When she presents information to hospitalists about the little-known revision to Medicare’s condition of participation for discharge planning by hospitals, most hospitalists have no idea what Amy Boutwell, MD, MPP, is talking about. Even hospitalists who are active in their institutions’ efforts to improve transitions of care out of the hospital setting are unaware of the change, which was published in the Centers for Medicare & Medicaid Services’ Transmittal 87 and became effective July 19, 2013.
“I just don’t hear hospital professionals talking about it,” says Dr. Boutwell, a hospitalist at Newton-Wellesley Hospital and president of Collaborative Healthcare Strategies in Lexington, Mass. “When I say, ‘There are new rules of the road for discharge planning and evaluation,’ many are not aware of it.”
The revised condition states that the hospital must have a discharge planning process that applies to all patients—not just Medicare beneficiaries. Not every patient needs to have a written discharge plan—although this is recommended—but all patients should be screened and, if indicated, evaluated at an early stage of their hospitalization for risk of adverse post-discharge outcomes. Observation patients are not included in this requirement.
The discharge plan is different from a discharge summary document, which must be completed by the inpatient attending physician, not the hospital, and is not directly addressed in the regulation. The regulation does address the need for transfer of essential information to the next provider of care and says the hospital should have a written policy and procedure in place for discharge planning. The policy and procedure should be developed with input from medical staff and approved by the hospital’s governing body.
Any hospitalist participating with a hospital QI team involved in Project BOOST is helping their hospital comply with this condition of participation.
—Mark Williams, MD, FACP, SFHM, principal investigator of SHM’s Project BOOST
Transmittal 87 represents the first major update of the discharge planning regulation (Standard 482.43) and accompanying interpretive guidelines in more than a decade, Dr. Boutwell says. It consolidates and reorganizes 24 “tags” of regulatory language down to 13 and contains blue advisory boxes recommending best practices in discharge planning, drawn from the suggestions of a technical expert panel convened by CMS.
That panel included many of the country’s recognized thought leaders on improving care transitions, such as Mark Williams, MD, FACP, SFHM, principal investigator of SHM’s Project BOOST; Eric Coleman, MD, MPH, head of the University of Colorado’s division of health care policy and research and creator of the widely-adopted Care Transitions Program (caretransitions.org), and Dr. Boutwell, co-founder of the STAAR initiative (www.ihi.org/engage/Initiatives/completed/STAAR).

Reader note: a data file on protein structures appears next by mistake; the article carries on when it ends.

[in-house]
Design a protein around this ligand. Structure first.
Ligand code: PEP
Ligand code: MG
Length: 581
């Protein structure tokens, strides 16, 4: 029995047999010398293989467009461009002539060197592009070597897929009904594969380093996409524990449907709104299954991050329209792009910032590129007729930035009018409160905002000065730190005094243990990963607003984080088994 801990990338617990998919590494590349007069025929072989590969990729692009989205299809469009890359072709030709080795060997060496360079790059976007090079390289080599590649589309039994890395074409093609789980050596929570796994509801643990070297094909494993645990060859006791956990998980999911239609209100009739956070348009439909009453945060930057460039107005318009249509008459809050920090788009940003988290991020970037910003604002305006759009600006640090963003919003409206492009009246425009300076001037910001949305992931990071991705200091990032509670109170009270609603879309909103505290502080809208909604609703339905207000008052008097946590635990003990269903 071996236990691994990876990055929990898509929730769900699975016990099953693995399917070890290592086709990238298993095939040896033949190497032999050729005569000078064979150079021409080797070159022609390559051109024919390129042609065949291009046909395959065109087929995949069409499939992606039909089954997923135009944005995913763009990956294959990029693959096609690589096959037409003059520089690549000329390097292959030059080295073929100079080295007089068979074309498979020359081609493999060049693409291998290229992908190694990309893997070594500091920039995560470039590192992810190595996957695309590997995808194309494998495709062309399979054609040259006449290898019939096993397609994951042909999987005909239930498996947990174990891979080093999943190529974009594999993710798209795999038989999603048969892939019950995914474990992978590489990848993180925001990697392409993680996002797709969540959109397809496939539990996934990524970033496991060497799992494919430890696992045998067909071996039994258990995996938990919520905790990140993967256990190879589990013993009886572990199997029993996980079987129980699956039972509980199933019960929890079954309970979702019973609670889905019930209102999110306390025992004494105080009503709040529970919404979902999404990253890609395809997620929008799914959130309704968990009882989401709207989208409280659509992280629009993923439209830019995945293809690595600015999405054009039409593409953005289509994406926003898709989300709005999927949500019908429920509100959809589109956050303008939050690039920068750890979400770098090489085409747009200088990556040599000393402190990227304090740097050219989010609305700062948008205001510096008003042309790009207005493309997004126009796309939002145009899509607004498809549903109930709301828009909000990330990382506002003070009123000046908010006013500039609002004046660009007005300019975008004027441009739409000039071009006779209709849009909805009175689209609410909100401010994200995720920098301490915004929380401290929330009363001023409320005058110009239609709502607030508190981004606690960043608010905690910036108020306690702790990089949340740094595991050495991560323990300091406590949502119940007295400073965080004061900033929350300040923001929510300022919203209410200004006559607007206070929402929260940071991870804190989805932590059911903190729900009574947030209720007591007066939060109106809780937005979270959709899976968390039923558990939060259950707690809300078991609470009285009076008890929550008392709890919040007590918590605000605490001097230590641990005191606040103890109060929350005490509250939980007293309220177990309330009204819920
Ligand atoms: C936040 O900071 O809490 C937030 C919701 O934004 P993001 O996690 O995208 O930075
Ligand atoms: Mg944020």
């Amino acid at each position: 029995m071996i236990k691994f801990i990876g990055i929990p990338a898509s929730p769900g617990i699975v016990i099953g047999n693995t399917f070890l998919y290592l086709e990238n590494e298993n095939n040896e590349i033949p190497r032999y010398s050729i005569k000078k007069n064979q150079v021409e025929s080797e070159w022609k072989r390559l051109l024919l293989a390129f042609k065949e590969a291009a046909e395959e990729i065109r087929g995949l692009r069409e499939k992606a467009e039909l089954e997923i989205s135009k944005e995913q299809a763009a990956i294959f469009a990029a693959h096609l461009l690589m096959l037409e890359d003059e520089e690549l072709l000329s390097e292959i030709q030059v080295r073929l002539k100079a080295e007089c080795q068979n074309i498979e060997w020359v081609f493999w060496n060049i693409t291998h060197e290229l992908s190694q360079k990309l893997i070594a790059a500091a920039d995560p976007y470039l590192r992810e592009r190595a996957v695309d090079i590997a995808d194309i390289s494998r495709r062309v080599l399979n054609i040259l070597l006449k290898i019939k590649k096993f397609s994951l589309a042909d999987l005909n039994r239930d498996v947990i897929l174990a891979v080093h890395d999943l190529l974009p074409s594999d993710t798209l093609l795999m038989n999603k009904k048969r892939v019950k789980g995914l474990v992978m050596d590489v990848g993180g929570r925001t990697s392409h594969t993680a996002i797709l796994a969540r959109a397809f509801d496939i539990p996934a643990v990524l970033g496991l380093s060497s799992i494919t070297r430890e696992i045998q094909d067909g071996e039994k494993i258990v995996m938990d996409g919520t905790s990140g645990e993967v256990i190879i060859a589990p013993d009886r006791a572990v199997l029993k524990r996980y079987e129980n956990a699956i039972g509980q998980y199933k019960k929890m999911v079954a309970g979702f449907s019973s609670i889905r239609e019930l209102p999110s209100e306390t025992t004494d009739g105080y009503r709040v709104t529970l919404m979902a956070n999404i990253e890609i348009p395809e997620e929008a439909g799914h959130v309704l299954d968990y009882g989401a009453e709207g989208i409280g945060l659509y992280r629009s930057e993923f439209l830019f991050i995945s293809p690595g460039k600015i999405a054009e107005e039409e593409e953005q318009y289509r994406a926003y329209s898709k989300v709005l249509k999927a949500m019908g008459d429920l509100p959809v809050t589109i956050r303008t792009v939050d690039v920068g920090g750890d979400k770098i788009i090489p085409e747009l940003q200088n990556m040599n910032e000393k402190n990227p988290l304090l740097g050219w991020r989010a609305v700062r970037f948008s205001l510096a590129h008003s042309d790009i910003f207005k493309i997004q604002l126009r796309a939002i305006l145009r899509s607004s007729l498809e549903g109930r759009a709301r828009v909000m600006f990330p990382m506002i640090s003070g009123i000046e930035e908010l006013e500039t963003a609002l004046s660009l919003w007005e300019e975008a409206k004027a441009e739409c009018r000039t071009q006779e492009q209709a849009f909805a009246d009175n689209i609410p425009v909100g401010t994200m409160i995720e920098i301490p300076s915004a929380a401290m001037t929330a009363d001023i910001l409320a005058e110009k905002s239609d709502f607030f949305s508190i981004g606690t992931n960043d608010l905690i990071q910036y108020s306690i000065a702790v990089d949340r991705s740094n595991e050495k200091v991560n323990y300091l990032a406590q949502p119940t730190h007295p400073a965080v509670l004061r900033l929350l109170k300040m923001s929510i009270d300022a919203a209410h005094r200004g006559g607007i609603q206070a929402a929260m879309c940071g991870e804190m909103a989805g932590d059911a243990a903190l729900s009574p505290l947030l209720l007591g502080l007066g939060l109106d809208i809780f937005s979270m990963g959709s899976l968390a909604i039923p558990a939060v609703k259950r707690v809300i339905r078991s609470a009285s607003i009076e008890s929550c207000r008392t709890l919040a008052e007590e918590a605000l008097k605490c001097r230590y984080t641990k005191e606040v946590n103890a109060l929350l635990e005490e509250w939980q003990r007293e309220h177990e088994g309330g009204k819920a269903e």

The new condition raises baseline expectations for discharge planning and elevates care transitions efforts from a quality improvement issue to the realm of regulatory compliance, Dr. Boutwell says.
“This goes way beyond case review,” she adds. “It represents an evolution from discharge planning case by case to a system for improving transitions of care [for the hospital]. I’m impressed.”
The recommendations are consistent with best practices promoted by Project BOOST, STAAR, Project RED [Re-Engineered Discharge], and other national quality initiatives for improving care transitions.
“Any hospitalist participating with a hospital QI team involved in Project BOOST is helping their hospital comply with this condition of participation,” Dr. Williams says.
In the Byzantine structure of federal regulations, Medicare’s conditions of participation are the regulations providers must meet in order to participate in the Medicare program and bill for their services. Condition-level citations, if not resolved, can cause hospitals to be decertified from Medicare. The accompanying interpretive guidelines, with survey protocols, are the playbook to help state auditors and providers know how to interpret and apply the language of the regulations. The suggestions and examples of best practices contained in the new condition are not required of hospitals but, if followed, could increase their likelihood of achieving better patient outcomes and staying in compliance with the regulations on surveys.
“If hospitals were to actually implement all of the CMS advisory practice recommendations contained in this 35-page document, they’d be in really good shape for effectively managing transitions of care,” says Teresa L. Hamblin, RN, MS, a CMS consultant with Joint Commission Resources. “The government has provided robust practice recommendations that are a model for what hospitals can do. I’d advise doing your best to implement these recommendations. Check your current processes using this detailed document for reference.”
Discharge planning starts at admission, Hamblin says. If the hospitalist assumes that responsibility, it becomes easier to leave a paper trail in the patient’s chart. Other important lessons for hospitalists include participation in a multidisciplinary approach to discharge planning (i.e., interdisciplinary rounding) and development of policies and procedures in this area.
“If the hospital has not elected to do a discharge plan on every patient, request this for your own patients and recommend it as a policy,” Hamblin says. “Go the extra mile, making follow-up appointments for your patients, filling prescriptions in house, and calling the patient 24 to 72 hours after discharge.”
Weekend coverage, when case managers typically are not present, is a particular challenge in care transitions.
“Encourage your hospital to provide reliable weekend coverage for discharge planning. Involve the nurses,” Hamblin says. “Anything the hospitalist can do to help the hospital close this gap is important.”
Larry Beresford is a freelance writer in Alameda, Calif.